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    Nothing bothers them more than a happy citizen who should be cowering while staring down the barrel of the gun.
    Interesting point.

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    Having worked as a LEO, I've been drawn on by other LEOs. Same thing always applies, you get to your knees, hands behind the head... worse thing is to get shot because someone is trigger happy.

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    Freightdog wrote:
    If I were to politely refuse that demand, would that act count as a crime?
    It may count as a crime enough to at least get you arrested, charged and even prosecuted.

    Being charged with resisting arrest is one thing that can happen. Failure to obey a police officer and obstruction are two other things that can come out of this. There may be even more.

    If you want to argue with a man who is pointinga gun at you and believes he is in the right with what he's commanding you to do, be my guest. That is not the time or place to be discussing the matter. Failure to comply, even politely, is not going to help you in any single way I can think of and more than likely is going to lead to further negative as well as lawful consequences for you.

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    Ditto on the above. As a member of the military who used to handle nukes, I've been drawn on more than once by security forces with itchy trigger fingers despite never having violated a single reg.

    Comply, comply, comply.

    I'm just damned glad they were as well-trained as they were!

    If it's not a uniformed officer, however, I would at least ask to see some identification. If he refuses but lets you live, he probably really is an LEO, so just note it and bring it up in the lawsuit.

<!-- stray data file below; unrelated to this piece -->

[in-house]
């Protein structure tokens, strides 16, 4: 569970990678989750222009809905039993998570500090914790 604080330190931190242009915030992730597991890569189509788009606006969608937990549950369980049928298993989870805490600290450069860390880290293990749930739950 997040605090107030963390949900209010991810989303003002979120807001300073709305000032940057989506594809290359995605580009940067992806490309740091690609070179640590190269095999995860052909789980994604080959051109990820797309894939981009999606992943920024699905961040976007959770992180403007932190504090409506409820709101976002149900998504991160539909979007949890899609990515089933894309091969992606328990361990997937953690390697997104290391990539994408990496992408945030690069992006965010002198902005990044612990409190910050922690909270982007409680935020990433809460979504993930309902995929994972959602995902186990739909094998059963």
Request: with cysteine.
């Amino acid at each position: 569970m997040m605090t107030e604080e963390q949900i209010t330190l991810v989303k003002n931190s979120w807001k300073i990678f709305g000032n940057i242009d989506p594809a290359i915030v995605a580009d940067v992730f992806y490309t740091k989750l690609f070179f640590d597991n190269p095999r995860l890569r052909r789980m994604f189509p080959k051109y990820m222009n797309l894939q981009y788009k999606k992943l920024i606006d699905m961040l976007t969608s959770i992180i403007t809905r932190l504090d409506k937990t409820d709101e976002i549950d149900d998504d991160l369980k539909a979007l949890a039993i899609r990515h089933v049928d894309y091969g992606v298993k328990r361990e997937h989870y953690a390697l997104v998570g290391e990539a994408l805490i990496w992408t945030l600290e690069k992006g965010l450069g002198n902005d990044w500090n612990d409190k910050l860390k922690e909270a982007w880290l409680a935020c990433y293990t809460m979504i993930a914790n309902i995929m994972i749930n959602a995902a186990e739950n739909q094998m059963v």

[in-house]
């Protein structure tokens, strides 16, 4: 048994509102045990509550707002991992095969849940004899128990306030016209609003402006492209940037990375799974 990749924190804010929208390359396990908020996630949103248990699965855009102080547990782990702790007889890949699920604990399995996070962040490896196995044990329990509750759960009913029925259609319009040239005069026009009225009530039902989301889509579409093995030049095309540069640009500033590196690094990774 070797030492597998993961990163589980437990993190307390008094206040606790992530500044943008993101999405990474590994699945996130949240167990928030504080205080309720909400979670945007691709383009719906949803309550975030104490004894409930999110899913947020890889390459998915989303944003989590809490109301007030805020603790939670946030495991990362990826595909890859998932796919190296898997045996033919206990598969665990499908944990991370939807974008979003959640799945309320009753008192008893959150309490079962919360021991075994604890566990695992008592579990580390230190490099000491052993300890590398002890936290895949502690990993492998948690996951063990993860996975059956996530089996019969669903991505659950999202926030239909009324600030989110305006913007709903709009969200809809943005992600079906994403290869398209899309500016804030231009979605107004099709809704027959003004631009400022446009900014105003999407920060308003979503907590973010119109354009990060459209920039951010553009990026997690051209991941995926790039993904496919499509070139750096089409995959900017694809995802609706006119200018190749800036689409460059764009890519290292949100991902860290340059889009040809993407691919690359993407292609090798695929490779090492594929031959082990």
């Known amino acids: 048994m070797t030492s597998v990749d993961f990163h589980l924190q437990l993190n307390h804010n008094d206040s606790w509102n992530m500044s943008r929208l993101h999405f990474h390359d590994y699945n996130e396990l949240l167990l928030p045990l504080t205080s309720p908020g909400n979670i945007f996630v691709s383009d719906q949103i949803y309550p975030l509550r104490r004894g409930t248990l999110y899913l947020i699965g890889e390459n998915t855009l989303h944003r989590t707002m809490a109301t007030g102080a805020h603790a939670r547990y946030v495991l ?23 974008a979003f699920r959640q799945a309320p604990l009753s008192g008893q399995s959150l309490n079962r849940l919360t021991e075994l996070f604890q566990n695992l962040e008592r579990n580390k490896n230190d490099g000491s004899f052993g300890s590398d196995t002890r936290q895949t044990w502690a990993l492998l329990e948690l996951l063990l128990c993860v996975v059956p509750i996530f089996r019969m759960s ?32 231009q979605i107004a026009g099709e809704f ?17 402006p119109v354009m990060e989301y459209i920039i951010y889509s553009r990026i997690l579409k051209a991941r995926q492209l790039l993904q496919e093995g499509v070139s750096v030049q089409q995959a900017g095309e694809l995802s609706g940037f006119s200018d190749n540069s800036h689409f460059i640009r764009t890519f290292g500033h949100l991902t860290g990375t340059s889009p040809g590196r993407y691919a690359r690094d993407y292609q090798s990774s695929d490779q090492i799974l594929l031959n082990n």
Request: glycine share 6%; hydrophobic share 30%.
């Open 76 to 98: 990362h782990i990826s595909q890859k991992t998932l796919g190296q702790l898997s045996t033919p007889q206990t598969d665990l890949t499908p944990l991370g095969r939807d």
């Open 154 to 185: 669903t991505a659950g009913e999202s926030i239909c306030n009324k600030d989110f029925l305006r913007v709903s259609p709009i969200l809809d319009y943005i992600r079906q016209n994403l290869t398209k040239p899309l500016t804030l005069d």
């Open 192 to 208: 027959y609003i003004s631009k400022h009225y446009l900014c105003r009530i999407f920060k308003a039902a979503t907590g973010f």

In answer to your question as to whether it's legal to make a stop for the sole purpose of MWAG aka open carry, at least here in the State of Colorado, NO, it's not legal, as open carry is legal, and detainments/stops on the basis of legal action are in themselves illegal. However, there may have been a complaint, and you'll have no idea if such complaint exists or the nature of it, and the LEOs are under no obligation to inform you of such complaint.

    So: Comply, comply, comply, and sort things out later.

    One thing you might want to remember - if you're carrying a firearm, I assume it's for the purpose of protecting self, property, and others, which is the same reason for LEOs. Thus, you're on the same side/team. You might want to keep that in mind and work within that maxim to the maximum extent possible. If you're rights are violated by some numbnut on the force (it can happen), pocket the issue and refuse to speak with anyone except a lawyer.
    The First protects the Second, and the Second protects the First. Together, they protect the rest of our Bill of Rights and our United States Constitution, and help We the People protect ourselves in the spirit of our Declaration of Independence.